India claims that the recently issued Cross-Border Trade of Electricity Guidelines promote transparency

Jan. 22, 2017, 5:45 p.m. Published in Magazine Issue: Vol 10. No. 11,January. 20,, 2017 Magh 07,2073)

After the criticism of certain provisions of the Cross Border Trade of Electricity Guidelines in Nepal and other countries, the Indian government has issued a statement clarifying its stand.

“India has issued the Cross Border Trade of Electricity Guidelines to pursue trade with SAARC countries. Presently, India has Cross Border Trade of Electricity with Bangladesh, Bhutan, Nepal and Myanmar,” said the Indian authorities.

However, Nepalese private sectors, which are waiting to see more open and competitive energy prospects, have expressed frustration over certain provisions of the guidelines, which did not allow joint venture projects with third countries. 

Although the guidelines place certain restrictions for the private sector, they are a boon for a public sector entity like Nepal Electricity Authority, which has been dealing with India for long.

With the guidelines, the government needs to strengthen the NEA, making it capable to handle bigger projects, built to export electricity to India.

The trade of electricity has mostly been taking place under Government-to-Government negotiations, which inherently take a longer time. In order to facilitate and promote cross border trade of electricity with greater transparency, consistency and predictability in regulatory approaches, India has pro-actively issued the new guidelines on cross border trade of electricity.

According to a press release issued by the Indian Embassy, the guidelines specify the institutional framework and required processes to facilitate power trade. It also broadly specifies provisions about the participating entities, and provisions have been made such that maximum entities get opportunity to trade electricity with India. Under ease of doing business, India has simplified the process for all the Government owned companies of the neighboring countries. But, this does not debar other companies / entities from participating in the trade of electricity. The guidelines also facilitate determination of tariff for such trade of electricity.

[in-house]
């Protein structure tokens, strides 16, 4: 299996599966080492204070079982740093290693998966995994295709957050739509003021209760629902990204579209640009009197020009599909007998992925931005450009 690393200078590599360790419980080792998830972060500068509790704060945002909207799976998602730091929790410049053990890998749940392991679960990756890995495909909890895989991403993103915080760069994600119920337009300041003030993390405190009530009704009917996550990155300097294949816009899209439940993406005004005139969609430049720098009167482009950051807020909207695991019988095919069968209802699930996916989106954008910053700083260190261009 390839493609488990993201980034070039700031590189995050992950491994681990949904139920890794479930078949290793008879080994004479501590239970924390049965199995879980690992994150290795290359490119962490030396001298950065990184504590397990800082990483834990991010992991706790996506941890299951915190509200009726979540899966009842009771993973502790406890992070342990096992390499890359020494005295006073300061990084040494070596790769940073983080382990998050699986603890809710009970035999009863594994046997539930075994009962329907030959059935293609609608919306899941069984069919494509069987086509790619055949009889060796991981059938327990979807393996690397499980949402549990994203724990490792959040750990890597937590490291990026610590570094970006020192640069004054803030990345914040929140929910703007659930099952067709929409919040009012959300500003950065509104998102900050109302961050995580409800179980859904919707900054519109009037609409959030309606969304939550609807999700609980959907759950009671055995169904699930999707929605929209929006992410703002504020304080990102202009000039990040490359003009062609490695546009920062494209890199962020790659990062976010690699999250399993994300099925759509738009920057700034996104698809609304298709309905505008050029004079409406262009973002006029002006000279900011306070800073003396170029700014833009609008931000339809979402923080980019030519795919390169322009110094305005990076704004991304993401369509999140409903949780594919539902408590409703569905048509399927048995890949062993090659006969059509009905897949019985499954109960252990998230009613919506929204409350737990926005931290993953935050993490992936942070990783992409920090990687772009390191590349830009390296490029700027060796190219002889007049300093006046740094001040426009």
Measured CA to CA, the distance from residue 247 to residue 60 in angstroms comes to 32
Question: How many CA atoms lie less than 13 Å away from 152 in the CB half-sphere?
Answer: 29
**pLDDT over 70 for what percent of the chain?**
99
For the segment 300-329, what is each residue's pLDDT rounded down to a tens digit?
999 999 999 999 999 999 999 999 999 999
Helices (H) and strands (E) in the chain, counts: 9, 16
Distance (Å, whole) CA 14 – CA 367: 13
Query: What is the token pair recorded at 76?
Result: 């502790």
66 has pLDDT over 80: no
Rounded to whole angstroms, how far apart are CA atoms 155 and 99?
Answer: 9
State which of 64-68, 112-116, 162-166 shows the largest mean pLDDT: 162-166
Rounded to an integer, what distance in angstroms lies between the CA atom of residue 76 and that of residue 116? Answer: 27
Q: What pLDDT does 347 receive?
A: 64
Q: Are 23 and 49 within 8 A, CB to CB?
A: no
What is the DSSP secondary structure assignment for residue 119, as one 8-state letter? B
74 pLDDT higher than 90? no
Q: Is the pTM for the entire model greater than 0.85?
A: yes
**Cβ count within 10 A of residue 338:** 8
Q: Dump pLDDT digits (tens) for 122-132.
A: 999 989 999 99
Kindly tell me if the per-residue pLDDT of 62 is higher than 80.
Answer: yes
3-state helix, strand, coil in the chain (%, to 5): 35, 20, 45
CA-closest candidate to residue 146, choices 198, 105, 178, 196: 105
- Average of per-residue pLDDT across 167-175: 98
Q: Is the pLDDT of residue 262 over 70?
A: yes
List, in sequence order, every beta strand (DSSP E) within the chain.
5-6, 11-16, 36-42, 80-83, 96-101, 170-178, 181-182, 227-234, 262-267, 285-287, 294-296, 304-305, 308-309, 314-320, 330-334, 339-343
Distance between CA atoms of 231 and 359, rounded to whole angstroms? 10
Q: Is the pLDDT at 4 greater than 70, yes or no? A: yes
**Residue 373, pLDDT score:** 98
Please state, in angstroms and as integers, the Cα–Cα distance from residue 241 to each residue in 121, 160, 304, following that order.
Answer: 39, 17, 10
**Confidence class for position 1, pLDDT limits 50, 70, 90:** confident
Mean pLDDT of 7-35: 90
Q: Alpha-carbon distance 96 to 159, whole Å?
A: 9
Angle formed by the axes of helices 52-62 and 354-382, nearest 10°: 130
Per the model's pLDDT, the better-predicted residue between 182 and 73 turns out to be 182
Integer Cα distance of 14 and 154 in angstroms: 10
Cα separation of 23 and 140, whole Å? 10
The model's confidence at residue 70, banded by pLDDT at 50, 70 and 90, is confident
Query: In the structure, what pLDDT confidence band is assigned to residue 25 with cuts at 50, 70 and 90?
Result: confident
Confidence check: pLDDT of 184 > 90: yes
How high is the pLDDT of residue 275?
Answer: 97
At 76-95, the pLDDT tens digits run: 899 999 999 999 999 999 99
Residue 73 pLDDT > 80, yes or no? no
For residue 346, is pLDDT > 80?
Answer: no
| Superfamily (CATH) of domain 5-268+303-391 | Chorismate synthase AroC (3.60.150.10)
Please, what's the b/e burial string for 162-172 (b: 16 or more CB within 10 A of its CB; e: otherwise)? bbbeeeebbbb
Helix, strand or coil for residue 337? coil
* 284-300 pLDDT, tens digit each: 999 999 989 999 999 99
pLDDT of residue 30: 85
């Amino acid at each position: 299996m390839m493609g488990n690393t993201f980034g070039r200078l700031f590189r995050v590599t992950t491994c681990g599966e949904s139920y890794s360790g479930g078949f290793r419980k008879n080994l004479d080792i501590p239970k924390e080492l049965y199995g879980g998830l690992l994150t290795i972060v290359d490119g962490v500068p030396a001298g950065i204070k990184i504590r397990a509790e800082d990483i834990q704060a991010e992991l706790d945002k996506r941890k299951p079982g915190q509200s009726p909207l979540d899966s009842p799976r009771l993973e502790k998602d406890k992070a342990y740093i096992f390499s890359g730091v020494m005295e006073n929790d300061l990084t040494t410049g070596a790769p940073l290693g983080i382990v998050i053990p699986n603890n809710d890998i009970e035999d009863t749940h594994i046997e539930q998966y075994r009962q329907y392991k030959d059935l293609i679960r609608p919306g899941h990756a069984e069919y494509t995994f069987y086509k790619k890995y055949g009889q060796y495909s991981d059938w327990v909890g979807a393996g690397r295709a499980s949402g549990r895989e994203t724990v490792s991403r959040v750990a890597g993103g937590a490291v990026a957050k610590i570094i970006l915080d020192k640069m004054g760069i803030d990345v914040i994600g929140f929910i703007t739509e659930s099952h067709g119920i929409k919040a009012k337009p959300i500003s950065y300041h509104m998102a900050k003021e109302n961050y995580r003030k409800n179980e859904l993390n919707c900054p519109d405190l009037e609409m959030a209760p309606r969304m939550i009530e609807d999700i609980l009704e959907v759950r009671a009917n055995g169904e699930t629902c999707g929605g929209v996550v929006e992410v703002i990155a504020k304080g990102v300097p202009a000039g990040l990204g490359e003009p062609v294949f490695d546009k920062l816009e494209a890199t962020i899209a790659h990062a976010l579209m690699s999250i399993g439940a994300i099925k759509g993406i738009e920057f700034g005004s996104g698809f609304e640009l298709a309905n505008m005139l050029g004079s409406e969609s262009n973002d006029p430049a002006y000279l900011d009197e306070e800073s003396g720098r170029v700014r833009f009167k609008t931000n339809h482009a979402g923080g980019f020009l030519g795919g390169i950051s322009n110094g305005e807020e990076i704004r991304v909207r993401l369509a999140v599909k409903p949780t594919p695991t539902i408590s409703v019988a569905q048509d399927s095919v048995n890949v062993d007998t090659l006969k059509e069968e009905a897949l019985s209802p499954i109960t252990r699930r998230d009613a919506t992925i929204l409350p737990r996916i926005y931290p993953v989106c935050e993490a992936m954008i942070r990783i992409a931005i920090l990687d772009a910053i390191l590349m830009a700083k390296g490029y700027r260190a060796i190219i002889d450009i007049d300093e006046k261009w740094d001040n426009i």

Even though the power exchanges are not operational in the neighboring countries and they don’t have significant experience of trading power through the power exchanges, India has taken lead in promoting trade of electricity by neighboring countries through Indian Power Exchanges. The modalities and products of such power trade through the exchanges will be as per the extant power market regulations. The guidelines also talk about the transmission system, scheduling and accounting, grid operation safety and security, etc.

The present guidelines give the broad contours on cross border trade of electricity.  The details of process and procedure will be made more transparent through the regulations, which will be issued shortly by Central Electricity Regulatory Commission (CERC).

The guidelines are based broadly on the experience gained over the years.  Presently, the trade of electricity has increased many folds with our neighboring countries.  Particularly with Bangladesh, India has been able to supply 6 Billion Unit (BU) of power within a span of 3 years from the date of signing of the Memorandum of Understanding (MoU) and is further considering enhancing the supply of electricity.

Indian authorities are claiming that with the issuance of these guidelines, it is expected that the hydro power potential of the neighboring countries, which has not been harnessed over the years, will be developed on fast track as the stakeholders including financers would be having transparency in the utilization of such power projects. 

One of the positive parts of the guidelines is that Nepal’s public sector entity like NEA needs to strengthen capacity to construct bigger projects eying on the Indian market.


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